That is what John Micklethwait and Adrian Wooldridge say in their book, “God is Back: How the Global Revival of Faith is Changing the World.” I didn’t read the book, the title long enough. However, I came across an April 7th Wall Street Journal article by John and Adrian that was titled, “God Still Isn’t Dead.”
The article pointed out that religion has actually grown because of not having state sponsored religion. I would call it “religious capitalism.” They would say that a church will survive only when you get souls in the pews.
The article gave two statistics that caught my eye.
1. Did you know that 83% of the citizens in Mass. in 1683 confessed to no religious identification? So much for our country founded by only Christians. The authors explained that we as a country have come a long way from our infant years as a nation. We now have close to 75% today who claim to be Christians.
2. Did you know that a fifth of the “atheists” in a recent Pew Survey said that they believed in God. Huh? The authors believe that this statement shows that many of the atheists are more concerned about the fusion of religion and political power than really saying there is no God. They would rather call themselves an atheists than have any religious affiliation.
However, the best paragraph in this article about churches in America describes my desire for life giving churches here in Omaha.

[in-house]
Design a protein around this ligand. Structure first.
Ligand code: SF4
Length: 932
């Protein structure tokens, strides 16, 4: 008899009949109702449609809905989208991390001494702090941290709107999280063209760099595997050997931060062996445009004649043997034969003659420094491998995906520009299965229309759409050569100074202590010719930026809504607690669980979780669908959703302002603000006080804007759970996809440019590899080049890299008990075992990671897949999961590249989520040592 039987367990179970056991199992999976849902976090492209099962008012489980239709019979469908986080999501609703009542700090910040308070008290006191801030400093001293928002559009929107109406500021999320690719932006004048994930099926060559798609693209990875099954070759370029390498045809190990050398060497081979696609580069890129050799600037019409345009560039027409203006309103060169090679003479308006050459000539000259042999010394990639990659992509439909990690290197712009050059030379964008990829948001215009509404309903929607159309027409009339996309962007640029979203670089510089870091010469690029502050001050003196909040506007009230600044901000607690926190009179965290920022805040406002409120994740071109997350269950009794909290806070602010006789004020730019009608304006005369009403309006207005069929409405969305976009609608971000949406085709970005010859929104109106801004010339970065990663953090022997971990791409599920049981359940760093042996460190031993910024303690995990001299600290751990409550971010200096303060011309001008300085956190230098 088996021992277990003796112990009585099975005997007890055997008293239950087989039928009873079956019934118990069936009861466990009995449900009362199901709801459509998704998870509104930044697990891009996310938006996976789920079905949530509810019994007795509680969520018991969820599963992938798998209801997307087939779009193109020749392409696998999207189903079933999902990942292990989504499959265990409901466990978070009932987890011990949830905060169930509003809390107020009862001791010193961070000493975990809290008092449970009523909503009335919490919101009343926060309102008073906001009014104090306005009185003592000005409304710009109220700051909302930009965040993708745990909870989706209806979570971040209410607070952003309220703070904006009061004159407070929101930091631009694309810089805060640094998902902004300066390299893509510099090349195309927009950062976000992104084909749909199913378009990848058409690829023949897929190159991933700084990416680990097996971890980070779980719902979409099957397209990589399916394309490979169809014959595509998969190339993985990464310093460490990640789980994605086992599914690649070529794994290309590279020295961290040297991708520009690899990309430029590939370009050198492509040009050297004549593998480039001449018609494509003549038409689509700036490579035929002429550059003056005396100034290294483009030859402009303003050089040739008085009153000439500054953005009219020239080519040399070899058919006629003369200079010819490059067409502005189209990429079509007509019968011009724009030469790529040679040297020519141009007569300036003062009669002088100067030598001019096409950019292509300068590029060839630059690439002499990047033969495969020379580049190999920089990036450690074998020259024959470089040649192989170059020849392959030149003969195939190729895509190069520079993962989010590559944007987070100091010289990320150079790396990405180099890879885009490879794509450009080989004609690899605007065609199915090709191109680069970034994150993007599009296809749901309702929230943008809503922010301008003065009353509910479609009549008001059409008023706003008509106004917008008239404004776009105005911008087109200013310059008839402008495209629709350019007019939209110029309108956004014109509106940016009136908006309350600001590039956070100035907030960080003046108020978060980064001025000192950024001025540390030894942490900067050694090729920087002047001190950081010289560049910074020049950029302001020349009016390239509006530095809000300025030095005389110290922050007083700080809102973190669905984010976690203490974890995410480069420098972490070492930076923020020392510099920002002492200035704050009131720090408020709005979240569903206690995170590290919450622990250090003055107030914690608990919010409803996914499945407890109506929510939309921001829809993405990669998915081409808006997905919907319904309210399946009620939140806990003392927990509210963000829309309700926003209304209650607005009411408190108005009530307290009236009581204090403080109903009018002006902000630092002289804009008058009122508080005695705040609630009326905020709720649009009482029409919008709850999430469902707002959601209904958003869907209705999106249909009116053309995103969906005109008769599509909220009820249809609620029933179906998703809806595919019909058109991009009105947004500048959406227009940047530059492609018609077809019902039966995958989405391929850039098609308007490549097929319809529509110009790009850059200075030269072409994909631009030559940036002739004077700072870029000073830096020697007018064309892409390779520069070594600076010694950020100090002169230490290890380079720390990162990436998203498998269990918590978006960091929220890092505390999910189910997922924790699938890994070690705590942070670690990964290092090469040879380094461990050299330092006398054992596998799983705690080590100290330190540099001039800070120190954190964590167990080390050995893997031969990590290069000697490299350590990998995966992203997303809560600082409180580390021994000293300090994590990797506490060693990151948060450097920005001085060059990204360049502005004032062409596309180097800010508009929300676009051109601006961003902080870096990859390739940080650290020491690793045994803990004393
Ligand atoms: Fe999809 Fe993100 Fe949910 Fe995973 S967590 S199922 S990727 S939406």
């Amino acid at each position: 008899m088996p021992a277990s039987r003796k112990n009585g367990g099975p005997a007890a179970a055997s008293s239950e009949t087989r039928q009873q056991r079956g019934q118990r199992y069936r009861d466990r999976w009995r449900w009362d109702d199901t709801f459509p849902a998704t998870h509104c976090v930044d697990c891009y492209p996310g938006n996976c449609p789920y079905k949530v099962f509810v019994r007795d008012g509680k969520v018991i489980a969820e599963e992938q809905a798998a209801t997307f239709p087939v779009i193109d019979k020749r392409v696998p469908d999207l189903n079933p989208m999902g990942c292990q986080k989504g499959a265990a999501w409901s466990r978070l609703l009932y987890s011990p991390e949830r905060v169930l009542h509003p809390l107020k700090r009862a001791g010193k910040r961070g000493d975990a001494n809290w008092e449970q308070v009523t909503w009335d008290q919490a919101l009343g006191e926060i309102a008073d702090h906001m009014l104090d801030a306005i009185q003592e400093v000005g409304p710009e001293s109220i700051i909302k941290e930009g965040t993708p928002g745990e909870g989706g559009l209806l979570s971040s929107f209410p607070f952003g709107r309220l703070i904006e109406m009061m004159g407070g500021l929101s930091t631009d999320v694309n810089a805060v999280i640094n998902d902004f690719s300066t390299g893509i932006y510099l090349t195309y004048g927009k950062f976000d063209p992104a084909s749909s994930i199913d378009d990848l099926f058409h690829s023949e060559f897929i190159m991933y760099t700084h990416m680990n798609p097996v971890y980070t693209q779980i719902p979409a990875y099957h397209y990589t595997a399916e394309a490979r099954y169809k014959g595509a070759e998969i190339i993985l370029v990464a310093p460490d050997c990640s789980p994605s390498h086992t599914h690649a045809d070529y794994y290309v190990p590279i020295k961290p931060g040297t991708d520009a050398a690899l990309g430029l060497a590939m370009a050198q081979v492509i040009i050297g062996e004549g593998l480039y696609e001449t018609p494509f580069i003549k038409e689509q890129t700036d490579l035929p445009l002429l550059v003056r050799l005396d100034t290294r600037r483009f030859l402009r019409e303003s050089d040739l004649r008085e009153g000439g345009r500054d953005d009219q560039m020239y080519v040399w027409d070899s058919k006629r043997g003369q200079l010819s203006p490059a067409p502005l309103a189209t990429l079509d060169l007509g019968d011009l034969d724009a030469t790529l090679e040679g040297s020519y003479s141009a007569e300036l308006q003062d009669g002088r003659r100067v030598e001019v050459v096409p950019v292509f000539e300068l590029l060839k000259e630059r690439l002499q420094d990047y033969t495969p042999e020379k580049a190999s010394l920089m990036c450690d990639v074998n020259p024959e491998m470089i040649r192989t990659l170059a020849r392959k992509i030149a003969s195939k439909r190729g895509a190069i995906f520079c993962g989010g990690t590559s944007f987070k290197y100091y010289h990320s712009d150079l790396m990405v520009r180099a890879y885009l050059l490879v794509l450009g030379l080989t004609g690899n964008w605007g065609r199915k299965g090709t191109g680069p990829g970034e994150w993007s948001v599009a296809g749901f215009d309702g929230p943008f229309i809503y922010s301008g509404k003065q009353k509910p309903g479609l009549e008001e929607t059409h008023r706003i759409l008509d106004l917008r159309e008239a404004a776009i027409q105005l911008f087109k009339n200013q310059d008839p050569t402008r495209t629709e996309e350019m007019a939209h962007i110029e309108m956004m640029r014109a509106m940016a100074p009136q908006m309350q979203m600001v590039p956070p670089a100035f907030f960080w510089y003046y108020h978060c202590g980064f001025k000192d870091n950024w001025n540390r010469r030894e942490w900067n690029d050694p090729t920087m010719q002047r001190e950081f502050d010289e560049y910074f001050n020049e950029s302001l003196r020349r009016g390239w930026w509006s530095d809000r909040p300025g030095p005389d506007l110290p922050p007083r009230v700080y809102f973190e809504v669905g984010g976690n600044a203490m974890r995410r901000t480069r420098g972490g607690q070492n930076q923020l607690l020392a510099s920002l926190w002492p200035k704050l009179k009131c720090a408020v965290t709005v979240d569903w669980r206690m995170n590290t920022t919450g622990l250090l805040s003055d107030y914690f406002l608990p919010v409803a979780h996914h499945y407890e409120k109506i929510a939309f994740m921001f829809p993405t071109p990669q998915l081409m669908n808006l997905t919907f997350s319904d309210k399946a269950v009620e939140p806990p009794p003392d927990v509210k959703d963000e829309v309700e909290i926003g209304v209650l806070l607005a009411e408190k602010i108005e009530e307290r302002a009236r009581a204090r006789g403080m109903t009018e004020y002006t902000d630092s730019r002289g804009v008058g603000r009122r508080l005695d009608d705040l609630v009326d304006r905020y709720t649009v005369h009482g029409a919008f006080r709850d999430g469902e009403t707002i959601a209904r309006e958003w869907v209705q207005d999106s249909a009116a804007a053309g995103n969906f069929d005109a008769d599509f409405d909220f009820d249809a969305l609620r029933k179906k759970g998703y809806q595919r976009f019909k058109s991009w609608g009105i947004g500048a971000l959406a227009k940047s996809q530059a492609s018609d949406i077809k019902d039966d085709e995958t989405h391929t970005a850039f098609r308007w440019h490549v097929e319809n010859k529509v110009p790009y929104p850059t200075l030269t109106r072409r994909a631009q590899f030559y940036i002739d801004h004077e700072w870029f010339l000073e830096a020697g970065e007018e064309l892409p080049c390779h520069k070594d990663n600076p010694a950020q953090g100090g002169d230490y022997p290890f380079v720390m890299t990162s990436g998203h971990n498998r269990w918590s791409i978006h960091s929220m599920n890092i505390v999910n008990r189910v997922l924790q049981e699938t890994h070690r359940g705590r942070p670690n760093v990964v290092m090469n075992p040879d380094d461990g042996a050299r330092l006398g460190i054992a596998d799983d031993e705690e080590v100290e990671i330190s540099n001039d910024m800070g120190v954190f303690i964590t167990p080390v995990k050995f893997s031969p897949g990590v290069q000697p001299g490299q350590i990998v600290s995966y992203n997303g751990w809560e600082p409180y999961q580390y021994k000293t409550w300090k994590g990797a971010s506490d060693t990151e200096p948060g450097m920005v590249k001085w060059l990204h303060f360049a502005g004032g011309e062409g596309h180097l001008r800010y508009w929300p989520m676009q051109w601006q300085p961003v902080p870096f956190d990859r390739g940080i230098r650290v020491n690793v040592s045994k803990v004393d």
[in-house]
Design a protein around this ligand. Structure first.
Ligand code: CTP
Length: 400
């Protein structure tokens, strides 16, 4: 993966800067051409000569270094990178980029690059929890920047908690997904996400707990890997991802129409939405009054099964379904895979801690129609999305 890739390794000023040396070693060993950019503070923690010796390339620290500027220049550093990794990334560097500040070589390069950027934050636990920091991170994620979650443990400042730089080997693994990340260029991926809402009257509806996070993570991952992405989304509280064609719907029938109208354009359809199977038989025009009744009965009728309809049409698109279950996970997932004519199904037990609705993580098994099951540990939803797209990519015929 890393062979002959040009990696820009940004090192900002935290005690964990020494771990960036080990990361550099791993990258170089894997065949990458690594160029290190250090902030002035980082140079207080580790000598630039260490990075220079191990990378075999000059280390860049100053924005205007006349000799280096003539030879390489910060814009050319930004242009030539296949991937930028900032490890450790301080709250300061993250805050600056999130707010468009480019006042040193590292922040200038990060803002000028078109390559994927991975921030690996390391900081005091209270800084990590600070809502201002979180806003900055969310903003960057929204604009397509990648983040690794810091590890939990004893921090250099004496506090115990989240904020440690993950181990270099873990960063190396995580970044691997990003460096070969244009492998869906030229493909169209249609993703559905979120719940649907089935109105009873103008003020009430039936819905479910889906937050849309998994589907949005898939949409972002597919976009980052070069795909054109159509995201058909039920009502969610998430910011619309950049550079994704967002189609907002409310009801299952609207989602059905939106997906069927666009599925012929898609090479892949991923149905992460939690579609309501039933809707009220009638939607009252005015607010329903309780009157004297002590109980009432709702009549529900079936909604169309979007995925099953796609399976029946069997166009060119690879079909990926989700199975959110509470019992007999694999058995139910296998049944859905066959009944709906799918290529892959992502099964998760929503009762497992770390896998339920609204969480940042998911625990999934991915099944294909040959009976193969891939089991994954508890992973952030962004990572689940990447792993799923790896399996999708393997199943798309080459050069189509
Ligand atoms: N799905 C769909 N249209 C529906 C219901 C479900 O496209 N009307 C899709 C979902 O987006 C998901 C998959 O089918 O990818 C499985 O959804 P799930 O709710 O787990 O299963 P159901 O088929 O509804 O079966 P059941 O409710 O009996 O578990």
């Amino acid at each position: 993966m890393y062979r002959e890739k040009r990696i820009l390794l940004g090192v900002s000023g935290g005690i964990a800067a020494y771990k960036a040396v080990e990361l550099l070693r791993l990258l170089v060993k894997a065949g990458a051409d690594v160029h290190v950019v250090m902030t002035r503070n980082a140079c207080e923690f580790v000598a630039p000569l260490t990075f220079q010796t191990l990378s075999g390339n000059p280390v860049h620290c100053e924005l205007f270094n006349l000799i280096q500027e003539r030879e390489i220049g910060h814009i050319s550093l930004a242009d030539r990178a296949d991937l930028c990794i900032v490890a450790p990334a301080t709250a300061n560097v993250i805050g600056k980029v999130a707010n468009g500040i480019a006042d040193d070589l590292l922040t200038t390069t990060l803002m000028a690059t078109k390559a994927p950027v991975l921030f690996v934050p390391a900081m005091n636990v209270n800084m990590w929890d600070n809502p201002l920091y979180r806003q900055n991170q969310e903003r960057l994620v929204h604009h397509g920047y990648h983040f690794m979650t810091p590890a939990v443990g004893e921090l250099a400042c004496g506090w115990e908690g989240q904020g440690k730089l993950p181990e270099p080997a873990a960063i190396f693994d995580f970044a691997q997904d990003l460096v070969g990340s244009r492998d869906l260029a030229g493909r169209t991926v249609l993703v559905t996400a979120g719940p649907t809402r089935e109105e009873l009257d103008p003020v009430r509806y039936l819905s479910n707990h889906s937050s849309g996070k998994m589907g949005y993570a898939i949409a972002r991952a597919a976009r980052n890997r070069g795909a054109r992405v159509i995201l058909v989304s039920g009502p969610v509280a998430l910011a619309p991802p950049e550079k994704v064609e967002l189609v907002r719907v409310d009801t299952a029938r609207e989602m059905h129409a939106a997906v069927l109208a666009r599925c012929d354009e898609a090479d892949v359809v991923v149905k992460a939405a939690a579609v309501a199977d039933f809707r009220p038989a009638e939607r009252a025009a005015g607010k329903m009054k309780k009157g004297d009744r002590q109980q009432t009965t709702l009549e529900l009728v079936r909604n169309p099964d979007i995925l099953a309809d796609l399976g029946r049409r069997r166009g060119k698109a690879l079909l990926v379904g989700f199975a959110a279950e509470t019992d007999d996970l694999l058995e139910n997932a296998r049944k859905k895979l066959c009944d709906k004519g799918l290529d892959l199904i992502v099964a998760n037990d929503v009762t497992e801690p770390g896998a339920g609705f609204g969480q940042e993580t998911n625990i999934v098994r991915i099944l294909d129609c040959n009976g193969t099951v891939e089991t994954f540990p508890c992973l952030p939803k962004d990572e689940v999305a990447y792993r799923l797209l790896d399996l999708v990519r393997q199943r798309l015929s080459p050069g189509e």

“The churches act both as a storm shelter for people who feel overwhelmed by social change and a community for people who feel atomized. Above all, there is the search for spiritual meaning that has haunted man through the ages.”
I don’t toss and turn trying to figure out new ways to market church to the masses or how to get souls in the pews. The reality is it is people. It is “satisfied customers” reaching out to others and inviting them to a church that offers hope, a storm shelter, a relational connection and a place to find spiritual meaning through Jesus Christ!
May the campuses of Christ Community be that place of hope, shelter, relationships with God and others. May you and I tell others about a place where, “no perfect people are allowed.”
On the journey,
Sarpy Campus Pastor